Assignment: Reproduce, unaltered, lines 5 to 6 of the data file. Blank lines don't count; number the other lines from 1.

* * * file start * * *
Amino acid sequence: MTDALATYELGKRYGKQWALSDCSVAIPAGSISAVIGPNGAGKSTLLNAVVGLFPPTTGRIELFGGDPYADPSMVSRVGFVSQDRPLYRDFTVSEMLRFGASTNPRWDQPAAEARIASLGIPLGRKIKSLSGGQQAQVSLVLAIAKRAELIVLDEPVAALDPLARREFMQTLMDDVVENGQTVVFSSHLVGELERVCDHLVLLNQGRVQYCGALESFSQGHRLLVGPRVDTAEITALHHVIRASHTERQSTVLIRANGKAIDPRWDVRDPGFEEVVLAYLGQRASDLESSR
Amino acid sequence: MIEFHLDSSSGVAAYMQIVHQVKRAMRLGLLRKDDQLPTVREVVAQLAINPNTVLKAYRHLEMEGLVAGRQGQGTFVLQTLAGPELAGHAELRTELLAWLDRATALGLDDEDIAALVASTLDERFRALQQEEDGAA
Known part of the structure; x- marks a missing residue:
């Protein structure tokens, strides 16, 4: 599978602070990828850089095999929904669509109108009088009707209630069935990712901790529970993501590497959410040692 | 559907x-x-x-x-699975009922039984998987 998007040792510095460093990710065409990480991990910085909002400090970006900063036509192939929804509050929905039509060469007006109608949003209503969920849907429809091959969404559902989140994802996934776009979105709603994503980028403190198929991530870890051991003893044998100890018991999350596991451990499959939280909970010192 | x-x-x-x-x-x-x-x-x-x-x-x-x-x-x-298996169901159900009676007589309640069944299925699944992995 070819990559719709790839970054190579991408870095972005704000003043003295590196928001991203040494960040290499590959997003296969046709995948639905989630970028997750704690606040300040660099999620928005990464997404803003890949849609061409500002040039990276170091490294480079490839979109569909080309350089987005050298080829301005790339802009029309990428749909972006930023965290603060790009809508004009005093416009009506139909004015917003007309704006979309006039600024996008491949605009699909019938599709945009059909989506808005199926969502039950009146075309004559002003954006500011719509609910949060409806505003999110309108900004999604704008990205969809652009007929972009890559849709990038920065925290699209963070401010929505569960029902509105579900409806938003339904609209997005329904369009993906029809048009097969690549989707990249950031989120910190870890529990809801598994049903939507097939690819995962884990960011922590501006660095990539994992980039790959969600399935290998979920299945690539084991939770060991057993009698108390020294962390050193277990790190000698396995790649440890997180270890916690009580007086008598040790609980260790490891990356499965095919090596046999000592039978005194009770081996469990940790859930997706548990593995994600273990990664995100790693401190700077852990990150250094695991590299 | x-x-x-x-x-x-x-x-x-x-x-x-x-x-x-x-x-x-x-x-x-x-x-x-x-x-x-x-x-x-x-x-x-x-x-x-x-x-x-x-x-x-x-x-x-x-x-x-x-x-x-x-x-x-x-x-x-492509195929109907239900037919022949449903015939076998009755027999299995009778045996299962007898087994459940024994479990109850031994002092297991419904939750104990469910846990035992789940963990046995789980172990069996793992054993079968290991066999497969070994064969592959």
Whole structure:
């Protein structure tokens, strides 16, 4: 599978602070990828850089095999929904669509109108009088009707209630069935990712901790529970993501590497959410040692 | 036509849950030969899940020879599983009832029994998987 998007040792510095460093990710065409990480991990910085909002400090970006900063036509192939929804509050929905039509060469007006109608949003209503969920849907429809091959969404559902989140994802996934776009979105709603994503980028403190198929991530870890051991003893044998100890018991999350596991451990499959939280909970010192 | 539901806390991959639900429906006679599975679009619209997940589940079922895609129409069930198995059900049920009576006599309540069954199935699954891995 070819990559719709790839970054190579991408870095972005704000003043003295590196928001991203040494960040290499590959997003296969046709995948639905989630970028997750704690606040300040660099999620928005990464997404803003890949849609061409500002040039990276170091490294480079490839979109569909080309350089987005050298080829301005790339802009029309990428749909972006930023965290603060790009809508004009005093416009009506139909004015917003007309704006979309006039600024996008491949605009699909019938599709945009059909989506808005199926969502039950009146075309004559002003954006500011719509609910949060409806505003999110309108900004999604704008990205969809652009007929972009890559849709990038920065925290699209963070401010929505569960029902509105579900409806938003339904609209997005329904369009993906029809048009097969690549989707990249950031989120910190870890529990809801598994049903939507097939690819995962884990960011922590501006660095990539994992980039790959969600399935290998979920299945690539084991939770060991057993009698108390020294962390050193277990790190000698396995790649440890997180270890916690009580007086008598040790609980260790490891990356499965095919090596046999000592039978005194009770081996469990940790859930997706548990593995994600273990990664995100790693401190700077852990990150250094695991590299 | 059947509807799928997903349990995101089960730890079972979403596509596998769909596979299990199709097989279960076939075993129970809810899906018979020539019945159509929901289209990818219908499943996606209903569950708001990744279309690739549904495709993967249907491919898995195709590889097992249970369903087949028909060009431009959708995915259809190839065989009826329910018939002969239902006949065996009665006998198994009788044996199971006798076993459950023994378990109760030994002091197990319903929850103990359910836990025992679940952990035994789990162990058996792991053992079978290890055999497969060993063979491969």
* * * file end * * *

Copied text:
Whole structure:
């Protein structure tokens, strides 16, 4: 599978602070990828850089095999929904669509109108009088009707209630069935990712901790529970993501590497959410040692 | 036509849950030969899940020879599983009832029994998987 998007040792510095460093990710065409990480991990910085909002400090970006900063036509192939929804509050929905039509060469007006109608949003209503969920849907429809091959969404559902989140994802996934776009979105709603994503980028403190198929991530870890051991003893044998100890018991999350596991451990499959939280909970010192 | 539901806390991959639900429906006679599975679009619209997940589940079922895609129409069930198995059900049920009576006599309540069954199935699954891995 070819990559719709790839970054190579991408870095972005704000003043003295590196928001991203040494960040290499590959997003296969046709995948639905989630970028997750704690606040300040660099999620928005990464997404803003890949849609061409500002040039990276170091490294480079490839979109569909080309350089987005050298080829301005790339802009029309990428749909972006930023965290603060790009809508004009005093416009009506139909004015917003007309704006979309006039600024996008491949605009699909019938599709945009059909989506808005199926969502039950009146075309004559002003954006500011719509609910949060409806505003999110309108900004999604704008990205969809652009007929972009890559849709990038920065925290699209963070401010929505569960029902509105579900409806938003339904609209997005329904369009993906029809048009097969690549989707990249950031989120910190870890529990809801598994049903939507097939690819995962884990960011922590501006660095990539994992980039790959969600399935290998979920299945690539084991939770060991057993009698108390020294962390050193277990790190000698396995790649440890997180270890916690009580007086008598040790609980260790490891990356499965095919090596046999000592039978005194009770081996469990940790859930997706548990593995994600273990990664995100790693401190700077852990990150250094695991590299 | 059947509807799928997903349990995101089960730890079972979403596509596998769909596979299990199709097989279960076939075993129970809810899906018979020539019945159509929901289209990818219908499943996606209903569950708001990744279309690739549904495709993967249907491919898995195709590889097992249970369903087949028909060009431009959708995915259809190839065989009826329910018939002969239902006949065996009665006998198994009788044996199971006798076993459950023994378990109760030994002091197990319903929850103990359910836990025992679940952990035994789990162990058996792991053992079978290890055999497969060993063979491969």